HEALTH & SAFETY RECEIVERSHIPS SUPER-PRIORITY FUNDING
Update: California Court of Appeal expressly authorizes Super-Priority Liens to pay for Health and Safety Receiverships rehabilitation costs in City of Sierra Madre v. SunTrust Mortgage, Inc.
The California Court of Appeal just published a case conclusively establishing the right of courts to approve super-priority liens against nuisance properties to cover the costs associated with rehabilitating health and safety receivership properties. This is extremely important precedent ensuring that municipalities have not just adequate remedies at law to address dangerous properties, but the financial resources necessary to effectuate these cases.
The Court’s decision gives public agencies and taxpayers an effective tool in abating health and safety issues where notices of violation are ignored. Court receivers can effectively acquire funding to remediate costly nuisance properties and may issue super-priority liens to do so. This is vital in a day and age where so many occupants suffer living in substandard and often uninhabitable housing, and neighbors suffer the effects of living nearby.
In the Sierra Madre case, the owners of a residential property (“Owners”) refused to cooperate with the City for years after being issued numerous notices and stop work orders related to unpermitted construction taking place on their property. The unpermitted and improper construction was a nuisance and endangered neighboring properties.
After several a notices to the Owners and their mortgage lender, SunTrust Bank, the City filed a nuisance action against the Owners and the Bank, requesting that the court appoint a receiver to remediate the property. In August of 2012, the court appointed a receiver, who submitted a remediation plan that proposed a super-priority lien against the property so that he could acquire the necessary funding to remediate the property. As a super priority lien, it would take priority over the prior-existing Bank lien. The Bank opposed this super-priority lien, arguing that the court lacked authority to subordinate their lien.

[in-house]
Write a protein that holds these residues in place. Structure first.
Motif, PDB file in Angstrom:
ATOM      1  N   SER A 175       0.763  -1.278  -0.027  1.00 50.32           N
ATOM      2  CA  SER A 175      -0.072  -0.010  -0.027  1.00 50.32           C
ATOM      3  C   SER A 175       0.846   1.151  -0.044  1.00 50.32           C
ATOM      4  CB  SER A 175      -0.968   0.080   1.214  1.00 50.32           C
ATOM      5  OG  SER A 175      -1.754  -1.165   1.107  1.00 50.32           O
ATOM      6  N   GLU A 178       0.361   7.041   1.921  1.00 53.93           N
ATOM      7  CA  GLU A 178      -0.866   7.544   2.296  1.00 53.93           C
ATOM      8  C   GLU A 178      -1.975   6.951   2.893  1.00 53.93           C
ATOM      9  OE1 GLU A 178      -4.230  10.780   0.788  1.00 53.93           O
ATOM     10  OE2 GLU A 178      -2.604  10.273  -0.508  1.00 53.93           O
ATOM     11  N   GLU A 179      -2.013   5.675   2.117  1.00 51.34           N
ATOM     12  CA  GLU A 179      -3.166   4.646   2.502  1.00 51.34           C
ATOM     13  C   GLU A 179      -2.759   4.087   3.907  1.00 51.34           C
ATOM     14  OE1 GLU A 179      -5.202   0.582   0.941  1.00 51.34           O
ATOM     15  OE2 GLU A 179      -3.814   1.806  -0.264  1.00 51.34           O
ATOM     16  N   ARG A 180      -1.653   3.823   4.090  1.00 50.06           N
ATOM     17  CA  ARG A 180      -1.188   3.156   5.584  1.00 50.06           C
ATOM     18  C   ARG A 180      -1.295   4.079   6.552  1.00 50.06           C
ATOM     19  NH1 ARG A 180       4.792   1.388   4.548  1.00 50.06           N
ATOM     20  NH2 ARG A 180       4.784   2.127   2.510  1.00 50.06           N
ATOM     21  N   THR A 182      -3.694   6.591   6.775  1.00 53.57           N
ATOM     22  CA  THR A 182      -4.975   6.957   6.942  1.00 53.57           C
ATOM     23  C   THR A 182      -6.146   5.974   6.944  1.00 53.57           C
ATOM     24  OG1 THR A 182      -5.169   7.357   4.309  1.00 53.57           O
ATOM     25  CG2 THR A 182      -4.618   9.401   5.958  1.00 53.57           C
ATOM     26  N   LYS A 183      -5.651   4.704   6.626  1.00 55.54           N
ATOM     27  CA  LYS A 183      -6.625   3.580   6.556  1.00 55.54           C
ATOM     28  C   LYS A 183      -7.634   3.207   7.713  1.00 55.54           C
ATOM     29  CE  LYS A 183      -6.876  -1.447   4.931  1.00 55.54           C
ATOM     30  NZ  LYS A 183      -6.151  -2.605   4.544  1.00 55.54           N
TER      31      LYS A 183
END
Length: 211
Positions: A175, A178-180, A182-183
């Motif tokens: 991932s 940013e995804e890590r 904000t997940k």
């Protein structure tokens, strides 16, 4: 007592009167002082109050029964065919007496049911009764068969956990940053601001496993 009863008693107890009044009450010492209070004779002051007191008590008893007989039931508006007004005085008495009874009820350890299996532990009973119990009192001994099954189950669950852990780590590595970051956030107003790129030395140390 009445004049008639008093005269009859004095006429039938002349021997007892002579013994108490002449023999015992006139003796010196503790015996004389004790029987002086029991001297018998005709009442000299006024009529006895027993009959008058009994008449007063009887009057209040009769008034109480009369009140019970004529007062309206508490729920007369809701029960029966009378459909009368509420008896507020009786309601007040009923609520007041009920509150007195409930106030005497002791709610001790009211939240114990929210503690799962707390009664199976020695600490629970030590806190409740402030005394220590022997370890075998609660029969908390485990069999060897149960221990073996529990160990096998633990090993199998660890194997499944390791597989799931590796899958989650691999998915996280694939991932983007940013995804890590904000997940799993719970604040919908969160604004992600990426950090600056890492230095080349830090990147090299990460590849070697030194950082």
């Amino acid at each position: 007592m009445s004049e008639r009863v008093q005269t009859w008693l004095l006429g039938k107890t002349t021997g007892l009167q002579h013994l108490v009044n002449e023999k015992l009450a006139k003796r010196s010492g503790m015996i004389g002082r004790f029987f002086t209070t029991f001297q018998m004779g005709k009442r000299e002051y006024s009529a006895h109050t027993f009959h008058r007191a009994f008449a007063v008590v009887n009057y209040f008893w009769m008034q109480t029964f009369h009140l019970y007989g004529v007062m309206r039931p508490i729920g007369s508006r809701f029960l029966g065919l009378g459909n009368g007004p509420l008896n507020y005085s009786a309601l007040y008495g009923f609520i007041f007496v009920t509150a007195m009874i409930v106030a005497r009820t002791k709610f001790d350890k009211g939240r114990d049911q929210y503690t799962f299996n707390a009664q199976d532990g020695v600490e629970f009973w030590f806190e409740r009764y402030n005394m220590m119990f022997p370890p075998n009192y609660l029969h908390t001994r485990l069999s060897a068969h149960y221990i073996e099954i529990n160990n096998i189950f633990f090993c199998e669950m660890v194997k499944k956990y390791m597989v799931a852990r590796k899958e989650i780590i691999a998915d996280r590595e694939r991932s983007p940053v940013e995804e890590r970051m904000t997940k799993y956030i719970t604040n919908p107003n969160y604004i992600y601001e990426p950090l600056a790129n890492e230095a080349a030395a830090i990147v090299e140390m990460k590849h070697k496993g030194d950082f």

The court receiver pointed out that, absent the security of a super-priority lien, there would be no way to secure funding to remediate the property. The court issued its decision granting the court receiver’s request for a super-priority lien and the Bank appealed.The Court of Appeal affirmed the super-priority lien, reasoning that the Bank should not have the senior interest in the property and thereby benefit from the remediation efforts undertaken by the city and the court receiver when they refused to help abate the nuisances.Silver & Wright LLP is a municipal law firm specializing in health and safety receiverships. S&W is available to assist local authorities with seeking and obtaining the appointment of a court receiver to rehabilitate dangerous, blighted, and substandard properties. Please visit our website or contact Matt Silver at MSilver@SilverWrightLaw.com, or Curtis Wright at CWright@SilverWrightLaw.com.
Disclaimer: S&W legal alerts are not intended as legal advice. Additional facts or future developments may affect the subject of this alert. Seek the advice of an attorney before acting or relying upon any information in this alert.